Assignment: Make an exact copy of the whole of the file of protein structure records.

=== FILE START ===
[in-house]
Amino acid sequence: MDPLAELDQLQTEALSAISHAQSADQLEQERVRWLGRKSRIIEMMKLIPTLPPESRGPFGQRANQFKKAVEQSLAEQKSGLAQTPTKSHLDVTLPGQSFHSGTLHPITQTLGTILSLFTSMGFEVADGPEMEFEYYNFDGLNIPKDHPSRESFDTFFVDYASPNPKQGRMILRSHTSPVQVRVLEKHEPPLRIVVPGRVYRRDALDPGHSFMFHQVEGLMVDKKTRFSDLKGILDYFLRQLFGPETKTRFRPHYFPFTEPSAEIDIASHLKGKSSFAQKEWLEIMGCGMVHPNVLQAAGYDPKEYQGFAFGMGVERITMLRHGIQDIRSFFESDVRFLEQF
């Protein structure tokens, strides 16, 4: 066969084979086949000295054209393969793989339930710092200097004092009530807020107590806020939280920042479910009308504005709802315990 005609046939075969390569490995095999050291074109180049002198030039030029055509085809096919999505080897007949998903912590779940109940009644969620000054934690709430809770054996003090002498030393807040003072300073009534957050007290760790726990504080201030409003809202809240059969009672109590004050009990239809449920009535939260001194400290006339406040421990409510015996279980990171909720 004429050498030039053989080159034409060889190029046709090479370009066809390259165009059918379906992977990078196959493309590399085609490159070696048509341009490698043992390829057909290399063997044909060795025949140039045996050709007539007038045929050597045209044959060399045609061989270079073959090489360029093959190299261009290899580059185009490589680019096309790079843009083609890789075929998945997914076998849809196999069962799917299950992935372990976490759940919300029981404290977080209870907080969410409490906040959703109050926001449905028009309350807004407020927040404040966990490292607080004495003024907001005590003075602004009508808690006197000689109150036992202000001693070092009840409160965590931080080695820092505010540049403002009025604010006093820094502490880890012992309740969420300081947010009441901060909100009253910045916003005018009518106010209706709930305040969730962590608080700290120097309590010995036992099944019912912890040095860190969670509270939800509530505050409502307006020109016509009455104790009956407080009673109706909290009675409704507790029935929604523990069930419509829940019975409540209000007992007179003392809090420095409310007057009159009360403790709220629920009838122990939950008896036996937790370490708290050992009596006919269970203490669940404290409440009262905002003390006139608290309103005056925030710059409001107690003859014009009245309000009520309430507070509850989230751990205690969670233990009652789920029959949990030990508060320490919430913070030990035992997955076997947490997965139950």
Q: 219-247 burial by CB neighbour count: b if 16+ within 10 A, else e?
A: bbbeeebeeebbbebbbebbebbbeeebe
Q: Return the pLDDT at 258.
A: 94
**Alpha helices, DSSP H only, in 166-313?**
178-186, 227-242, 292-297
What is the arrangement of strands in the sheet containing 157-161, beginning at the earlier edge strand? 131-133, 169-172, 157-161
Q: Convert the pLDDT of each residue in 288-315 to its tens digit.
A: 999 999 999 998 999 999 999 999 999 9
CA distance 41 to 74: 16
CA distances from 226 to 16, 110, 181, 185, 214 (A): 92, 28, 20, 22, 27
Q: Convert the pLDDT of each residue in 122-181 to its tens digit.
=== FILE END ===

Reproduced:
[in-house]
Amino acid sequence: MDPLAELDQLQTEALSAISHAQSADQLEQERVRWLGRKSRIIEMMKLIPTLPPESRGPFGQRANQFKKAVEQSLAEQKSGLAQTPTKSHLDVTLPGQSFHSGTLHPITQTLGTILSLFTSMGFEVADGPEMEFEYYNFDGLNIPKDHPSRESFDTFFVDYASPNPKQGRMILRSHTSPVQVRVLEKHEPPLRIVVPGRVYRRDALDPGHSFMFHQVEGLMVDKKTRFSDLKGILDYFLRQLFGPETKTRFRPHYFPFTEPSAEIDIASHLKGKSSFAQKEWLEIMGCGMVHPNVLQAAGYDPKEYQGFAFGMGVERITMLRHGIQDIRSFFESDVRFLEQF
């Protein structure tokens, strides 16, 4: 066969084979086949000295054209393969793989339930710092200097004092009530807020107590806020939280920042479910009308504005709802315990 005609046939075969390569490995095999050291074109180049002198030039030029055509085809096919999505080897007949998903912590779940109940009644969620000054934690709430809770054996003090002498030393807040003072300073009534957050007290760790726990504080201030409003809202809240059969009672109590004050009990239809449920009535939260001194400290006339406040421990409510015996279980990171909720 004429050498030039053989080159034409060889190029046709090479370009066809390259165009059918379906992977990078196959493309590399085609490159070696048509341009490698043992390829057909290399063997044909060795025949140039045996050709007539007038045929050597045209044959060399045609061989270079073959090489360029093959190299261009290899580059185009490589680019096309790079843009083609890789075929998945997914076998849809196999069962799917299950992935372990976490759940919300029981404290977080209870907080969410409490906040959703109050926001449905028009309350807004407020927040404040966990490292607080004495003024907001005590003075602004009508808690006197000689109150036992202000001693070092009840409160965590931080080695820092505010540049403002009025604010006093820094502490880890012992309740969420300081947010009441901060909100009253910045916003005018009518106010209706709930305040969730962590608080700290120097309590010995036992099944019912912890040095860190969670509270939800509530505050409502307006020109016509009455104790009956407080009673109706909290009675409704507790029935929604523990069930419509829940019975409540209000007992007179003392809090420095409310007057009159009360403790709220629920009838122990939950008896036996937790370490708290050992009596006919269970203490669940404290409440009262905002003390006139608290309103005056925030710059409001107690003859014009009245309000009520309430507070509850989230751990205690969670233990009652789920029959949990030990508060320490919430913070030990035992997955076997947490997965139950």
Q: 219-247 burial by CB neighbour count: b if 16+ within 10 A, else e?
A: bbbeeebeeebbbebbbebbebbbeeebe
Q: Return the pLDDT at 258.
A: 94
**Alpha helices, DSSP H only, in 166-313?**
178-186, 227-242, 292-297
What is the arrangement of strands in the sheet containing 157-161, beginning at the earlier edge strand? 131-133, 169-172, 157-161
Q: Convert the pLDDT of each residue in 288-315 to its tens digit.
A: 999 999 999 998 999 999 999 999 999 9
CA distance 41 to 74: 16
CA distances from 226 to 16, 110, 181, 185, 214 (A): 92, 28, 20, 22, 27
Q: Convert the pLDDT of each residue in 122-181 to its tens digit.